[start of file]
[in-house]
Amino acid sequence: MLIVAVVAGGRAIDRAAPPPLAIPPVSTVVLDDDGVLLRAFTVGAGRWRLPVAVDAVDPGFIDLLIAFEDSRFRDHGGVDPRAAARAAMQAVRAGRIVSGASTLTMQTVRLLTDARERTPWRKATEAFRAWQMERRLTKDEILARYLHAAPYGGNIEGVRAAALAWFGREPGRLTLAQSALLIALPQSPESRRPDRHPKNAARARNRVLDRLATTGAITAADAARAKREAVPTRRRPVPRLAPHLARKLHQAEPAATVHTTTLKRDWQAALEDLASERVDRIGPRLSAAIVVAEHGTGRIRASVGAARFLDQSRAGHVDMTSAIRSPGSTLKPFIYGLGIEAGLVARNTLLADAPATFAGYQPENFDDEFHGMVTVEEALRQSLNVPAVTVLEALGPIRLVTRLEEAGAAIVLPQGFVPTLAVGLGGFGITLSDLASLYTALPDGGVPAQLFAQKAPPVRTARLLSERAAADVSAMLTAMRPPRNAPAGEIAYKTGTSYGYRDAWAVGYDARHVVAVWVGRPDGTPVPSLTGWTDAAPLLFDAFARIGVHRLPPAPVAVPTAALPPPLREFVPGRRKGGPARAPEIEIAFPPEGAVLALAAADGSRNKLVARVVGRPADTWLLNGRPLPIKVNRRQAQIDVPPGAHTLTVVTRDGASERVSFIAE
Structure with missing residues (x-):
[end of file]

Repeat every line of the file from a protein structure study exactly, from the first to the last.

[in-house]
Amino acid sequence: MLIVAVVAGGRAIDRAAPPPLAIPPVSTVVLDDDGVLLRAFTVGAGRWRLPVAVDAVDPGFIDLLIAFEDSRFRDHGGVDPRAAARAAMQAVRAGRIVSGASTLTMQTVRLLTDARERTPWRKATEAFRAWQMERRLTKDEILARYLHAAPYGGNIEGVRAAALAWFGREPGRLTLAQSALLIALPQSPESRRPDRHPKNAARARNRVLDRLATTGAITAADAARAKREAVPTRRRPVPRLAPHLARKLHQAEPAATVHTTTLKRDWQAALEDLASERVDRIGPRLSAAIVVAEHGTGRIRASVGAARFLDQSRAGHVDMTSAIRSPGSTLKPFIYGLGIEAGLVARNTLLADAPATFAGYQPENFDDEFHGMVTVEEALRQSLNVPAVTVLEALGPIRLVTRLEEAGAAIVLPQGFVPTLAVGLGGFGITLSDLASLYTALPDGGVPAQLFAQKAPPVRTARLLSERAAADVSAMLTAMRPPRNAPAGEIAYKTGTSYGYRDAWAVGYDARHVVAVWVGRPDGTPVPSLTGWTDAAPLLFDAFARIGVHRLPPAPVAVPTAALPPPLREFVPGRRKGGPARAPEIEIAFPPEGAVLALAAADGSRNKLVARVVGRPADTWLLNGRPLPIKVNRRQAQIDVPPGAHTLTVVTRDGASERVSFIAE
Structure with missing residues (x-):